Having completed my first half iron distance triathlon a couple of weeks earlier I was excited and determined to get back out there and do another triathlon (it’s an addictive sport). I also wanted to complete the course this year!!! My confidence was high having just gone almost twice the distance. I just wanted to put in a good time for myself and finish strong.
This was a hot weekend. Very hot. The temperatures were in the 90s which would be a challenge though. To make matters a little more complicated we had a family reunion down in Margate, NJ the day before the race which meant I had to drive home about 90 minutes after a day at the beach. Yeah, well planned…not to mention that I had to drive back after the race to pick up the family who were staying overnight.
I went to the race expo on the way home from work on Friday evening. It was held at the same location as last year, Mercer County Park in West Windsor, NJ. There was a full expo this year which was different from last year. It was a warm sunny evening and it was actually quite busy when I arrived. The Sprint race was on the Saturday while my event, the Olympic, was on Sunday morning.
The big difference from this year vs last year would be the distance. Last year the swim was 500m vs 1500m this year, three times as far. I had just completed a half iron distance of 1.2 miles (1900m) but that was wearing a wetsuit. This would be the longest swim without that aid of a wetsuit. Temperatures would be too high to wear them legally. Besides, I’d already returned my rented wetsuit so I had no choice. Also the bike and run courses were double the distance, although I wasn’t too worried about that as I’d completed that distance many times in training.
Packet pickup was fairly straightforward. We had to park in a field opposite the staging area and walk over. It was a very hot day and there was a lot of dust being kicked up in the parking lot but it was easy to access. I noticed from the pre-race details and confirmed at pickup that I would be in one of the last waves to start. That would mean 55 minutes from the start of the first wave (7:30am) until mine (8:25am). Coupled with the fact that transition closed at 7:15am meant that it would be a lot of waiting around on the day.
The expo was pretty small but more than they had in place last year. There was a merchandise section for the race which was new this year. The merchandise seemed good quality branded gear. I bought a visor (my usual race purchase) to add to my collection and I planned to wear it on the day.
I took the chance to walk around the staging areas. The set up was similar to last year with the only difference being instead of bike racks where the bike would rest and hand from the seat post, this year everyone was assigned a race box which held the bike from the rear wheel. Each box was equidistant so everyone would be evenly spaced.
I got back home from the day at the shore around 9:30pm the night before the race. I had packed up all my gear on the Friday night and pretty much had it ready by the door so I was able to grab a quick shower and get a few hours sleep before getting up at 4:15am the next day, packing my car and heading back to the race site.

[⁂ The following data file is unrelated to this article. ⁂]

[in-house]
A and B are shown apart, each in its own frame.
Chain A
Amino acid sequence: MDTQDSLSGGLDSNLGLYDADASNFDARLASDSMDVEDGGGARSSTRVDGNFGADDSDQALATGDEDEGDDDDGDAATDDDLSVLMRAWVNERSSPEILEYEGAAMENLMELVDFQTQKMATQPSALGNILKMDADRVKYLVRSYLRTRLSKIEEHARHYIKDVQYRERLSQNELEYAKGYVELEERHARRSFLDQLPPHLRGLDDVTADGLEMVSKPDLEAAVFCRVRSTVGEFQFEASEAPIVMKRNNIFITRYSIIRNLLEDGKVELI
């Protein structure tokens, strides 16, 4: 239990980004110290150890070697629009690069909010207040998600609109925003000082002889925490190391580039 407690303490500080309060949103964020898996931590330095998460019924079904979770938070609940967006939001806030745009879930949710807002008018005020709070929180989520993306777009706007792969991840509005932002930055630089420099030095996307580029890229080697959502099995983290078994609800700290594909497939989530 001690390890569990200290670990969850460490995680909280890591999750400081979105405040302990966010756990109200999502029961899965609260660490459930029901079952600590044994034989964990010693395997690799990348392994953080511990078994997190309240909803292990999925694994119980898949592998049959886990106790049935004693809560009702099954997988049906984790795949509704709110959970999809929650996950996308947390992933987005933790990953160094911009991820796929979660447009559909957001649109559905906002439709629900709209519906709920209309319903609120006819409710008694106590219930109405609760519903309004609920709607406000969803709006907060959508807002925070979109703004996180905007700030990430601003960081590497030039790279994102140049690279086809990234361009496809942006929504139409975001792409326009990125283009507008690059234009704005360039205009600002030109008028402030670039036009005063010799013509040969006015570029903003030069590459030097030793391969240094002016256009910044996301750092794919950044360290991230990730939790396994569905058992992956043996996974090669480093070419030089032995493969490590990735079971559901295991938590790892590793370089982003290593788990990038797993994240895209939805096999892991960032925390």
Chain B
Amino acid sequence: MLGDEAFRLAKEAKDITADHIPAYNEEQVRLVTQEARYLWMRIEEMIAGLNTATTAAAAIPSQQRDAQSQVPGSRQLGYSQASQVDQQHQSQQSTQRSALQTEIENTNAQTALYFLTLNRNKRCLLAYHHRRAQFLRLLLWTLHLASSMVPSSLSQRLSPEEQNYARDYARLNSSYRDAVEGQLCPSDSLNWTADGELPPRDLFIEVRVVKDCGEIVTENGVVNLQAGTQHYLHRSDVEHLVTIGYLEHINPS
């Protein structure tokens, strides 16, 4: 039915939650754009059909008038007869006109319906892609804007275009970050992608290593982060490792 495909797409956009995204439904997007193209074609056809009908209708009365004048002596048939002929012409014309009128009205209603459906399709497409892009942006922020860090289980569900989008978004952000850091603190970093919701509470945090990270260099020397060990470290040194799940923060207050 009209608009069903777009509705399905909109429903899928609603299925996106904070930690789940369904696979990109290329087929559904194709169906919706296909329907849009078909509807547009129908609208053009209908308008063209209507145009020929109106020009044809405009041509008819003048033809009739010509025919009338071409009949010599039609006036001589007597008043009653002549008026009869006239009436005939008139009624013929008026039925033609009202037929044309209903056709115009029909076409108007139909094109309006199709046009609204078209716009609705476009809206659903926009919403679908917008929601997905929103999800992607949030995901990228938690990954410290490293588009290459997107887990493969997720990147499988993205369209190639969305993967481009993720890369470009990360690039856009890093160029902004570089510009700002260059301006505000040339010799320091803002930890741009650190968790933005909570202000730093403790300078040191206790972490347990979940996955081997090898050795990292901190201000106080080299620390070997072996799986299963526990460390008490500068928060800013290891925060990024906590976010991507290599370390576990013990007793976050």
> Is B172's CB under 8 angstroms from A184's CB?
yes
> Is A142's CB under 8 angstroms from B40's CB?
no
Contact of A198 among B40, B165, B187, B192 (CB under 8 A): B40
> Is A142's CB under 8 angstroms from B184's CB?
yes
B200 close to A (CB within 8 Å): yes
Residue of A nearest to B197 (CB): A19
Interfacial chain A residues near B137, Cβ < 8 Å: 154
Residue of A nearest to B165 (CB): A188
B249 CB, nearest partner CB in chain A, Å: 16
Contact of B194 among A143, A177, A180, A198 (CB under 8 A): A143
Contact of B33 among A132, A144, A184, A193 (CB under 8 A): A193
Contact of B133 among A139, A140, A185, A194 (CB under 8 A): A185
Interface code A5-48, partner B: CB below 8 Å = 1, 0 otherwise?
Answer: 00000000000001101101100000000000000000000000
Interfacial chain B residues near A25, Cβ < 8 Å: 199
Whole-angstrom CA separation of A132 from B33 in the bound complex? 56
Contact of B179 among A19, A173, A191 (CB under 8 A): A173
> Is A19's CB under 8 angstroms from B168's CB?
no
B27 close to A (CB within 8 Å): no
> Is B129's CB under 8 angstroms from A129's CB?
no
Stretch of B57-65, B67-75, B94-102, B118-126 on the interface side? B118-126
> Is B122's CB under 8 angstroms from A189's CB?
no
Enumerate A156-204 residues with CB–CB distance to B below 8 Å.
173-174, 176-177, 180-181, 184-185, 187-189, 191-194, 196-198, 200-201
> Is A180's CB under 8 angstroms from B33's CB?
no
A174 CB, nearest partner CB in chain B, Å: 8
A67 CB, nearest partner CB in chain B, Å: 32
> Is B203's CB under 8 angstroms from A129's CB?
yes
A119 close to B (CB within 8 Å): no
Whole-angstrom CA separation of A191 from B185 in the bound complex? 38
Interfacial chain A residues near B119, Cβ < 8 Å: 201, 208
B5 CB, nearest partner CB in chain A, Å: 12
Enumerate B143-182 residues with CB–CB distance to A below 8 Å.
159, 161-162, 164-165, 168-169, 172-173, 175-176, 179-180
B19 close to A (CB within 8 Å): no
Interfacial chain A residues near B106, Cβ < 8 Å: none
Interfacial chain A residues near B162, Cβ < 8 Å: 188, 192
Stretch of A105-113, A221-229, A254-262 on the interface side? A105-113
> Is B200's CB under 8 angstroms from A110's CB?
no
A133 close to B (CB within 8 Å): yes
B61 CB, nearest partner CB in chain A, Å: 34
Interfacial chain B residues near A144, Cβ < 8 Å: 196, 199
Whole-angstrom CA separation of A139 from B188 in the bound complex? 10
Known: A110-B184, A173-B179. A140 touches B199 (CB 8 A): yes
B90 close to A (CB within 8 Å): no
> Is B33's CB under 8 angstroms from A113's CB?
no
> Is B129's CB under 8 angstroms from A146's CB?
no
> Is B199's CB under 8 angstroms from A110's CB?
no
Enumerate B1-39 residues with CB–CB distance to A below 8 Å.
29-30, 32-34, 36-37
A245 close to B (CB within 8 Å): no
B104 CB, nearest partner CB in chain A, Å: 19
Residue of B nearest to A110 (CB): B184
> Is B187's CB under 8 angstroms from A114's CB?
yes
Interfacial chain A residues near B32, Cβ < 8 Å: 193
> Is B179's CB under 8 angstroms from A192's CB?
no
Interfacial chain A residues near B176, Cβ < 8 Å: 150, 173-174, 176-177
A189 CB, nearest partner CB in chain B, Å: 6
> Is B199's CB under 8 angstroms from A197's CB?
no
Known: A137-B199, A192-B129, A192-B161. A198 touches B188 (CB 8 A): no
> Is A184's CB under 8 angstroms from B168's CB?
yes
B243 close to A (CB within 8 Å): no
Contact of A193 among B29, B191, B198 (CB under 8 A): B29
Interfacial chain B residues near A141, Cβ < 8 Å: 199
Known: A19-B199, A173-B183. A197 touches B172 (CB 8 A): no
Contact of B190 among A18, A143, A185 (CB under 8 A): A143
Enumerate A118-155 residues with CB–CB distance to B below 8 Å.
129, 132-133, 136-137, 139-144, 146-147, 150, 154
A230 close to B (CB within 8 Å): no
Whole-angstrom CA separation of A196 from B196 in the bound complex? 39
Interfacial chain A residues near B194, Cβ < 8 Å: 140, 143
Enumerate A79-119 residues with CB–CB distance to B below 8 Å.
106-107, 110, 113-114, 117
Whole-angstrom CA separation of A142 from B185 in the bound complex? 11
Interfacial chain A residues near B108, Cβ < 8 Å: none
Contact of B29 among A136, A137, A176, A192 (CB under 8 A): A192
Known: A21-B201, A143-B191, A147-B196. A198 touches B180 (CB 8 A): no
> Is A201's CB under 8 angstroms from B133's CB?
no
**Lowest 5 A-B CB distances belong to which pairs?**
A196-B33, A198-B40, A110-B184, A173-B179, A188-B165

On race day after packing the car, I grabbed a cup of coffee and a light breakfast (a Powerbar for breakfast with a Honey Stinger waffle to eat around 7am), and headed out to the race site. After unpacking my car I walked to transition and had my body marked with my race number and age and headed into transition to set up my gear. It was already quite warm.
I was earlier than I expected to be there so I set up my gear and made sure I went over my transition plan. As it was early and I knew I had time to wait I headed over to have a practice swim at the side of the lake where it was sectioned off. I didn’t go out too far, just a quick out and back. I noticed that the timing chip was chafing my ankle a little so it was a good opportunity to get all my gear right before I actually started the event. The water was warm (like bath water) and unlike my swim up in Kingston at the half iron, the water wasn’t clear so I could barely see my hand in front of my face. Based upon my exceptional ability to not swim in a straight line this would make the swim a lot of fun!!!
As the weather was warmer than expected, the race organizers announced that they would be reducing the time between each swim wave to 4 minutes from 5. This doesn’t sound like a lot but it would mean my time would start around 10 minutes ahead of planned and would allow for people to finish a little earlier in the morning as it was getting hotter.
I watched the first few waves go off and stayed under a shaded area out the sun. I wish I had thought ahead to bring a bottle of water to sip as it was a warm day and I had plenty of time to be waiting around. Eventually my wave was called into the waiting area (they would call up a wave and have the next wave waiting directly behind them to keep things moving). It was time to pop in the ear plugs, put on the swim cap and fix the goggles in place. Go time.
As per my usual start, I went off to one side and stayed back. I waited for the announcement to go and then waited as I counted to 10 before setting off. No point in getting caught in the tangle of thrashing swimmers at the front of the pack. I’m not the ‘podium type’.
Although it wasn’t planned, I tucked in along the left hand side of the course which pretty much had me tight along the course markers. At least I wasn’t off swimming in a different direction. This actually helped as all the buoys were on my left side (I don’t see out of my right eye) and this helped keep me straight. I maintained a pretty even and comfortable pace and was pleased with how the swim went. It felt a lot longer than it probably was and I didn’t have the extra buoyancy that a wetsuit would have provided so it was a little harder to maintain swim form, but this is what I had trained for so I kept it together and kept swimming.